The Wages of Crime in Montana

William Plank
Montana State University-Billings

"You Americans have to realize that you cannot bomb everybody," one of my colleagues from eastern Europe remarked to me the other day. He might well have said, "You Americans have to realize you cannot lock everybody up," for that is just what we are doing. We have about 1,800,000 people behind bars, more than any other country in the world, probably half a million more than communist China, which has four times our population. We have built a thousand new jails and prisons in the USA in the last twenty years.

Imprisonment means the failure of public education because 70% of prisoners are illiterate. Sixty to eighty percent suffer from substance abuse, 200,000 are seriously mentally ill, and drug treatment is available to one in ten who need it. At present, in Montana, the legislature is going to have to decide whether it wants to educate people or lock them up and the confrontation between prison and education K-through-Ph.D. will take place in Helena. The prison industry will probably win because of the well-paid lobbyists of the "'Prison-Industrial Complex," who can out-argue the Commissioner of Higher Education and the Board of Regents, and because of the attitude of some public figures, one of whom was reported in the local press as having said: "Why spend money on education? The people we pay to have educated cannot find jobs in Montana, so they leave the state and we lose their tax money." The message is clear: Keep them dumb and they'll have to stay in Montana.

The "Prison-Industrial Complex" is the name given by Eric Schlosser to the private prison corporations in his article in the December 1998 Atlantic Monthly. This article should be required reading for any legislator who will make any decision or cast any vote affecting the funding of education versus the prison system. The outlook for education is grim indeed,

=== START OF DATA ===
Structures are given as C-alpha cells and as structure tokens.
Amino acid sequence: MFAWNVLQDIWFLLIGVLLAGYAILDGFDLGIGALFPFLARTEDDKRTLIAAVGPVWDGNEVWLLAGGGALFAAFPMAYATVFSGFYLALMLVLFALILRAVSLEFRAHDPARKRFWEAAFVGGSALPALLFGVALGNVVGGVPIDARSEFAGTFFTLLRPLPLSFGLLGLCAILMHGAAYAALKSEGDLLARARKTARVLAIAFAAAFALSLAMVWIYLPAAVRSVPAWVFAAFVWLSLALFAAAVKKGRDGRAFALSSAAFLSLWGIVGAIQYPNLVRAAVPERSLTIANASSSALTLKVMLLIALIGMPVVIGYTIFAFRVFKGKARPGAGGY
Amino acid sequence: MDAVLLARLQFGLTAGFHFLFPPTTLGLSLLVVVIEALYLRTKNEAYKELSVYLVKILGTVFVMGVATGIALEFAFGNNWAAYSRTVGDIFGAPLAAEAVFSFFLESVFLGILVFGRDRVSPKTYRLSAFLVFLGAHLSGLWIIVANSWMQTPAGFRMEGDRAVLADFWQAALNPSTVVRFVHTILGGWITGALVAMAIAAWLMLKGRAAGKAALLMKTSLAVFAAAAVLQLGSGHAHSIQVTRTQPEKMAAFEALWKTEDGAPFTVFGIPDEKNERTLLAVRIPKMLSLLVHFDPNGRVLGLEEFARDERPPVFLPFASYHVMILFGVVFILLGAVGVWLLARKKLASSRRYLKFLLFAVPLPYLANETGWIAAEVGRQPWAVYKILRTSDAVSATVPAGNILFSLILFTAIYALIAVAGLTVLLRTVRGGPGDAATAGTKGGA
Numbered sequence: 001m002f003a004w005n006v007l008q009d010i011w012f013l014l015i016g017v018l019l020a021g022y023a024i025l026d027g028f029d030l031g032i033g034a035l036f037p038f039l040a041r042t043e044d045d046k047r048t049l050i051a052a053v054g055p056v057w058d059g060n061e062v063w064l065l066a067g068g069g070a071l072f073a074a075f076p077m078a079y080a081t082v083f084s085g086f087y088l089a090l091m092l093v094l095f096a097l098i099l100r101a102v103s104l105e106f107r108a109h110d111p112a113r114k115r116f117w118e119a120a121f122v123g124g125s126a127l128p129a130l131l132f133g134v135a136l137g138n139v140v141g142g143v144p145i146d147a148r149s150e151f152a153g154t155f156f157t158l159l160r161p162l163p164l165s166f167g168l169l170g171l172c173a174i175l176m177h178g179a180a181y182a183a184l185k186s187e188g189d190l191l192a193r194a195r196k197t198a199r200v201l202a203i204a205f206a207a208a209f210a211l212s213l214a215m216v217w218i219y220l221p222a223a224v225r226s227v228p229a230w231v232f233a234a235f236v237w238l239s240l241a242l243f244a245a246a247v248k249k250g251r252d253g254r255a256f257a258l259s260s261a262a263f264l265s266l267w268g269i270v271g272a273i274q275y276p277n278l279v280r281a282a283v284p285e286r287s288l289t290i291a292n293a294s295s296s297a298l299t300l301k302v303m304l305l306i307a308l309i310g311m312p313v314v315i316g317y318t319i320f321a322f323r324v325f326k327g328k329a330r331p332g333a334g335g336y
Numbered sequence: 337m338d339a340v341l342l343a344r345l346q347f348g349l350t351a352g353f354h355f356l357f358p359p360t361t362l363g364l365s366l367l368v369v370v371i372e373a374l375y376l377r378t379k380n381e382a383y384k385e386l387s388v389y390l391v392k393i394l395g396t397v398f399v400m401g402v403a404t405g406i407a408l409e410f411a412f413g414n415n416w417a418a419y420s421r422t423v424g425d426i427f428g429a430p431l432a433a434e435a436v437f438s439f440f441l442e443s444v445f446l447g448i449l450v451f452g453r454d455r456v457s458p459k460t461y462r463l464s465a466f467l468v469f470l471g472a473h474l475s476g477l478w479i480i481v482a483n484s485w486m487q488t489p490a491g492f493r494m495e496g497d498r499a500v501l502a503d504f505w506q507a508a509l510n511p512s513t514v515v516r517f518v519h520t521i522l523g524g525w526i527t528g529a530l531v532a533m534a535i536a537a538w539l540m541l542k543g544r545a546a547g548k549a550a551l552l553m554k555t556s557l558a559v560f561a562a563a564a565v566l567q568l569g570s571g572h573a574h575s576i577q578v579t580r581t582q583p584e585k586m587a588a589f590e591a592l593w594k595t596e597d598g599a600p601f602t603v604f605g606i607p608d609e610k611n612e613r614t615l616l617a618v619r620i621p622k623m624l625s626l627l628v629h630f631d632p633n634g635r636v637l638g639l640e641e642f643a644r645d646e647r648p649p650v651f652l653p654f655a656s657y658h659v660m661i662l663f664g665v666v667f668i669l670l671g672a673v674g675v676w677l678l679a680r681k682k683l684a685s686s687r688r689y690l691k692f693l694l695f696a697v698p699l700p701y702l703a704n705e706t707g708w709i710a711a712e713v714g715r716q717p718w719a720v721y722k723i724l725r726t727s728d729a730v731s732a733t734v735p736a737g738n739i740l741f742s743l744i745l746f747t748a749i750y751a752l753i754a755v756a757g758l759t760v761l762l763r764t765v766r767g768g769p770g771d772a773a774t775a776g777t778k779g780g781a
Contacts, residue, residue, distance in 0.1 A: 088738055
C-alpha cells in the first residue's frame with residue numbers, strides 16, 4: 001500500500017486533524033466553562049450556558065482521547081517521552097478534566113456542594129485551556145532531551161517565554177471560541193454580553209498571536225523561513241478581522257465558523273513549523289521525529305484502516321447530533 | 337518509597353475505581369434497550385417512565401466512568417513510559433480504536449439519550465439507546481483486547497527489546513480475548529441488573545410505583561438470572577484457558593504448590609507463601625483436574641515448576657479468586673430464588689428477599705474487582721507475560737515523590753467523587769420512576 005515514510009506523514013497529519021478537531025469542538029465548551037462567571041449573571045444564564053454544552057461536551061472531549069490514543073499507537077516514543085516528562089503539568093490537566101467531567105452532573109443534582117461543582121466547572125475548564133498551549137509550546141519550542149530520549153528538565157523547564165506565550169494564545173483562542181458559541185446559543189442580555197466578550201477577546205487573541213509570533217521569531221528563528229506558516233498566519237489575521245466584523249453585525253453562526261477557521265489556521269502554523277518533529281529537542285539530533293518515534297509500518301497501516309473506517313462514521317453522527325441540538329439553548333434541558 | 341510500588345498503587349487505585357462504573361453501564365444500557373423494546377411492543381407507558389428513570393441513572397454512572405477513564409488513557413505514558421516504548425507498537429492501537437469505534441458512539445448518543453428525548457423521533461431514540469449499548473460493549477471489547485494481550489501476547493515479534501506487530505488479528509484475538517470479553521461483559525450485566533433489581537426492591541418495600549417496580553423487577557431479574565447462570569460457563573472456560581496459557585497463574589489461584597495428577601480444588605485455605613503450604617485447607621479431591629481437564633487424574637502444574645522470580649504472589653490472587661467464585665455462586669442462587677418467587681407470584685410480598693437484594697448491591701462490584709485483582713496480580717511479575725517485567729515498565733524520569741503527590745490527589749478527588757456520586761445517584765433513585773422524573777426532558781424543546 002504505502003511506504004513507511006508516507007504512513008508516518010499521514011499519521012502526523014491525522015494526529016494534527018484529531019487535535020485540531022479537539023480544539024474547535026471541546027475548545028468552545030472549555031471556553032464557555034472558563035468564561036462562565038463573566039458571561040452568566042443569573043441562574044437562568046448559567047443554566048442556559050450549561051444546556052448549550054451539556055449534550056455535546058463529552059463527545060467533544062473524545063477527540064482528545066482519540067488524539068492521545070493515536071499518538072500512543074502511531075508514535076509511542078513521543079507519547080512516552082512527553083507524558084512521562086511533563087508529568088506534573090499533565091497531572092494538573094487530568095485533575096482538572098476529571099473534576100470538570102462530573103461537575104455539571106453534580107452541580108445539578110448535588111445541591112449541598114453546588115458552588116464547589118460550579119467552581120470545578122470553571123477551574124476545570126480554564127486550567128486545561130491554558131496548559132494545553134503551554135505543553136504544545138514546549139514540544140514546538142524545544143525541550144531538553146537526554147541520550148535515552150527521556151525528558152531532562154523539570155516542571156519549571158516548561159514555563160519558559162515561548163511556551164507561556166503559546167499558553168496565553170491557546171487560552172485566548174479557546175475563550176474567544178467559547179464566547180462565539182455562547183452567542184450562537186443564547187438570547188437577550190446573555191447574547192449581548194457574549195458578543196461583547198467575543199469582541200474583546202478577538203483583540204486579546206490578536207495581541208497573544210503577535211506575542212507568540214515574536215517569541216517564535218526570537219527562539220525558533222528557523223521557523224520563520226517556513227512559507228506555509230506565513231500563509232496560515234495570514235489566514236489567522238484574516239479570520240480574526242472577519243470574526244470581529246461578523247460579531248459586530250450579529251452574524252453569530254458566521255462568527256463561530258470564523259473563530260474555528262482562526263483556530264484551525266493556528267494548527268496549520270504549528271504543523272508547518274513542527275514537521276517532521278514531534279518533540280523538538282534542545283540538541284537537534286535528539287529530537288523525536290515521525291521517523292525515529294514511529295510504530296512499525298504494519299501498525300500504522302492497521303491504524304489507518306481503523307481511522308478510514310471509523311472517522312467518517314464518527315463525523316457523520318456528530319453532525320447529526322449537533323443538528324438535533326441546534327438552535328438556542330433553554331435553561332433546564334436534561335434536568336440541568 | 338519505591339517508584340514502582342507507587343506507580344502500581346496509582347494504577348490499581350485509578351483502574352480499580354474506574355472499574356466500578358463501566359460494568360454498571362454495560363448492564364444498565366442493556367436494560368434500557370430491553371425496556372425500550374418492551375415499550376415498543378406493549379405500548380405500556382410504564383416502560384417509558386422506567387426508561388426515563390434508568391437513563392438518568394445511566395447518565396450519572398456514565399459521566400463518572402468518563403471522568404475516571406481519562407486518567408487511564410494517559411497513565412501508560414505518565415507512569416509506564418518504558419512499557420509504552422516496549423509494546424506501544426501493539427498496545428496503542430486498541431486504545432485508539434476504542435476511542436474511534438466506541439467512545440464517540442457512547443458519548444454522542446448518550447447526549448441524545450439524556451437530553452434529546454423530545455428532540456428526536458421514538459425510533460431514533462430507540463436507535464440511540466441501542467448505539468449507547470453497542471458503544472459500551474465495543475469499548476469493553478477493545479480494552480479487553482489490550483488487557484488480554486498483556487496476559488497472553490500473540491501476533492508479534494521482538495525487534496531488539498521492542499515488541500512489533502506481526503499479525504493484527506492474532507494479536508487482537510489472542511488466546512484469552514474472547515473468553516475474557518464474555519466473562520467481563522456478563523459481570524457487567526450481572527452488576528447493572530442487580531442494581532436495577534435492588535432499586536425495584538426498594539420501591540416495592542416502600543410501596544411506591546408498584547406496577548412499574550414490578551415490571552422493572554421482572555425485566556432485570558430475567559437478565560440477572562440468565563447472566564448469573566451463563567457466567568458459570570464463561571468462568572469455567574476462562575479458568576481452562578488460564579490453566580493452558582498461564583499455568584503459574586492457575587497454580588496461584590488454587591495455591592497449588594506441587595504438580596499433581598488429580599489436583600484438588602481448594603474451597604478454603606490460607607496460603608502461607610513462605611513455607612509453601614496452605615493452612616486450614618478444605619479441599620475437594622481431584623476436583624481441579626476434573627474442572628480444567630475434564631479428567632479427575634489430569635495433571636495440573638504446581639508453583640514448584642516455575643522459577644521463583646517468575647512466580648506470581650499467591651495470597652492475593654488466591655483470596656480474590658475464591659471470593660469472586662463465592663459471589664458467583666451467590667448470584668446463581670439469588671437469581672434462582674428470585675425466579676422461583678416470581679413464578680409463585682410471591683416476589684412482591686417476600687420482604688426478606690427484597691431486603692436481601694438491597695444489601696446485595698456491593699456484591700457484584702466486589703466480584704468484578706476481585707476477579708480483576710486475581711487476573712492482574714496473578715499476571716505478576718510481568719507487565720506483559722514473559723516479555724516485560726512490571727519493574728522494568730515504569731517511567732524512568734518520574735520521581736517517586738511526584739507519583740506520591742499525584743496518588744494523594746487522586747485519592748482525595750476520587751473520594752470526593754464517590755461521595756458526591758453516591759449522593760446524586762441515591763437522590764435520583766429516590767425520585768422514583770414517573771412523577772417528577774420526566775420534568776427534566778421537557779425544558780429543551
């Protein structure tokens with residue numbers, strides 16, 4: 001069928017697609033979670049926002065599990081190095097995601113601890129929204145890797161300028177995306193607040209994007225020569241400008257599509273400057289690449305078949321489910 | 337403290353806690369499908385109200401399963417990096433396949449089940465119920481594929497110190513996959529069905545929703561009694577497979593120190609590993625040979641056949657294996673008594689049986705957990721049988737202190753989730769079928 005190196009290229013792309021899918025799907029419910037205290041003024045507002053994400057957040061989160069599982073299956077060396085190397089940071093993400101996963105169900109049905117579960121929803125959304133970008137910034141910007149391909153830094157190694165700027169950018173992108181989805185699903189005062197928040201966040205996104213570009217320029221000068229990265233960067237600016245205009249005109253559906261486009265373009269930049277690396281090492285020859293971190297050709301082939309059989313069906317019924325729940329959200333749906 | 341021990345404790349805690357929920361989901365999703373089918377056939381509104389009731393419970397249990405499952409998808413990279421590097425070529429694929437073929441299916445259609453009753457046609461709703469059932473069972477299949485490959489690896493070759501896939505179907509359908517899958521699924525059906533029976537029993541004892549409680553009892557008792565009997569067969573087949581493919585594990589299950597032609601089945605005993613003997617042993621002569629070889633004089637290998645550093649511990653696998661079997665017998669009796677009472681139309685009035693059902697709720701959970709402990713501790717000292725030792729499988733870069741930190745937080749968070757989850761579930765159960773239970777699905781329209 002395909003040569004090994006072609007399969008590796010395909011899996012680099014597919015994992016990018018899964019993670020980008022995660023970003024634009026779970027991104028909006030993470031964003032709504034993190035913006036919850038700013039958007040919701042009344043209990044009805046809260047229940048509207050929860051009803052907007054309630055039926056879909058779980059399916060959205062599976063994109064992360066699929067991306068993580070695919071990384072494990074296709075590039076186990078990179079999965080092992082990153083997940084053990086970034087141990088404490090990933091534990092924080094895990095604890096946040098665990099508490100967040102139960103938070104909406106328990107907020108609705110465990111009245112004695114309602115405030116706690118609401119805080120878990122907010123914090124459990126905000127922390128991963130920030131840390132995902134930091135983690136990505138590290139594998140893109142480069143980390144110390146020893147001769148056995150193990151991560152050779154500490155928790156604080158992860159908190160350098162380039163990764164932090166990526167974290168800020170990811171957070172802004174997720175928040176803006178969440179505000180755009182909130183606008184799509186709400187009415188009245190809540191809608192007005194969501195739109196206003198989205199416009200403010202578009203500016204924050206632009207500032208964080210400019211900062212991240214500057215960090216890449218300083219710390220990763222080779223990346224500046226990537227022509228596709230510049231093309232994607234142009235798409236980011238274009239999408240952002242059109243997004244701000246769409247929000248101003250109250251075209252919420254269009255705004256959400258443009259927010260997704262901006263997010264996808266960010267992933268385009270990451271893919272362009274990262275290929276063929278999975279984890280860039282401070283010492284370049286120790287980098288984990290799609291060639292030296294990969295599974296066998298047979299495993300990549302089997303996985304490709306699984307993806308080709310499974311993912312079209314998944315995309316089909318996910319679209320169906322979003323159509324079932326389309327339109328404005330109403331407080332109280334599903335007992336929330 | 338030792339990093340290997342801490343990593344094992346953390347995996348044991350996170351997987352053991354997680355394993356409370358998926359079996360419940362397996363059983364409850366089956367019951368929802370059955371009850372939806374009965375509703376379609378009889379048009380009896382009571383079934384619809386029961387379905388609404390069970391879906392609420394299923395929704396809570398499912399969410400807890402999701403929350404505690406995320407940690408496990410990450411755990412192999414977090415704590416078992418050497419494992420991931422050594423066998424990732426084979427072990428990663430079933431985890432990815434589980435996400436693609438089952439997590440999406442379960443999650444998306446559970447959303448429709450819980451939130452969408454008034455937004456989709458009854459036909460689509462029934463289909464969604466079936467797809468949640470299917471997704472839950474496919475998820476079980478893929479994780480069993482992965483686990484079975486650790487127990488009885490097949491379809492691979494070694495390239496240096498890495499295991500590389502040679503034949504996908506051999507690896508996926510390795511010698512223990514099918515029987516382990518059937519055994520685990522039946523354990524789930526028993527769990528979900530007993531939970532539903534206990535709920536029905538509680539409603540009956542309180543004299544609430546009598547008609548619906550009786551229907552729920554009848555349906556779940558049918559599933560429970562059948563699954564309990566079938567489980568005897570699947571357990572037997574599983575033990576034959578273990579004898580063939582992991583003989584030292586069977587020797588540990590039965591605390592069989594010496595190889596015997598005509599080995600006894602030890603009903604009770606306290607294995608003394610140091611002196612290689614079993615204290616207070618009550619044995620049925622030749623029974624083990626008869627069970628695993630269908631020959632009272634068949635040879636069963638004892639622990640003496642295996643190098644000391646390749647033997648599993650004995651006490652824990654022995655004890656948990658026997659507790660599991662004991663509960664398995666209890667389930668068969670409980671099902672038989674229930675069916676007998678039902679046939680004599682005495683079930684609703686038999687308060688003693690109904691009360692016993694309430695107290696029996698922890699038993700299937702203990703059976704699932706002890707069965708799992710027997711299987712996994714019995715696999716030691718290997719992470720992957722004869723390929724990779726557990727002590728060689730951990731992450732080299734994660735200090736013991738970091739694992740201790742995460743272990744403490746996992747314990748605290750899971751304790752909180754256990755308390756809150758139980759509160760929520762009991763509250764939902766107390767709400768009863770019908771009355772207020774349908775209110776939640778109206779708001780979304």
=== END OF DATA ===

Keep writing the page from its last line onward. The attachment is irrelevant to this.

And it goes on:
Politicians have made or supported their careers by pushing prisons, both private and public, and that includes Democrats and Republicans, liberals and conservatives: Nelson Rockefeller, Mario Cuomo, Lamar Alexander, Ronald Reagan, George Bush, and Bill Clinton. The private prison is a moneymaker and the private prison companies are the fastest growing part of the prison-industrial complex. There are now private prisons in about forty-two states. What politician can resist being tough on crime and a champion of private enterprise at the same time? What could be more American?

Texas, as Montanans know, has gone on a spree of building private prisons--the third largest Hawaiian prison is in Texas. "Bed-brokers" find spots for prisoners and "recruit" them for a fee. Now the prison-industrial complex is hitting Montana. It typically looks for an impoverished town, and there are lots of them in Montana, where people with little education need jobs. "Correctional officers in these private prisons usually earn lower wages than officers employed by state governments, while receiving fewer benefits and no pensions. The managers and administrators, however, earn much more than their counterparts in the public sector" (Schlosser 65).

When it pays to incarcerate people, more and more people get locked up. Thus, while the proportion of violent offenders has declined, those non-violent criminals are filling the cells. Crime pays! By 1995, less than a third of prisoners had been convicted of a violent crime. "The lure of big money is corrupting the nation's criminal-justice system, replacing notions of public service with a drive for higher profits. The eagerness of elected officials to pass tough-on-crime legislation--combined with their unwillingness to disclose true costs of these laws--has encouraged all sorts of financial improprieties!" (55)

Men of application and good will, wrote the philosopher Friedrich Nietzsche, have allowed the concept of punishment to develop into a model for rationality, a paradigm, a social goal, a metaphysic. "Indeed, they have gone so far in their madness as to demand that we feel our very existence to be a punishment-it is as though the education of the human race had hitherto been directed by the fantasies of jailers and hangmen!" (Daybreak 1:13)

I was driving down Hollywood Boulevard in 1959 when a motorist at a stop light asked me, "What does the 'prison made' mean, stamped on your Montana license plate?" "It just means," I explained, "that the plate was made in the state prison." But now "Prison Made" can take on a new meaning for Montanans. It can replace "Big Sky" as the social role and the national image of Montana become the State of Punishment. To me it means that the men and women of application and good will and the jailers and hangmen in Helena may very well substitute punishment for education and make the choice of sending your son to college or to jail.

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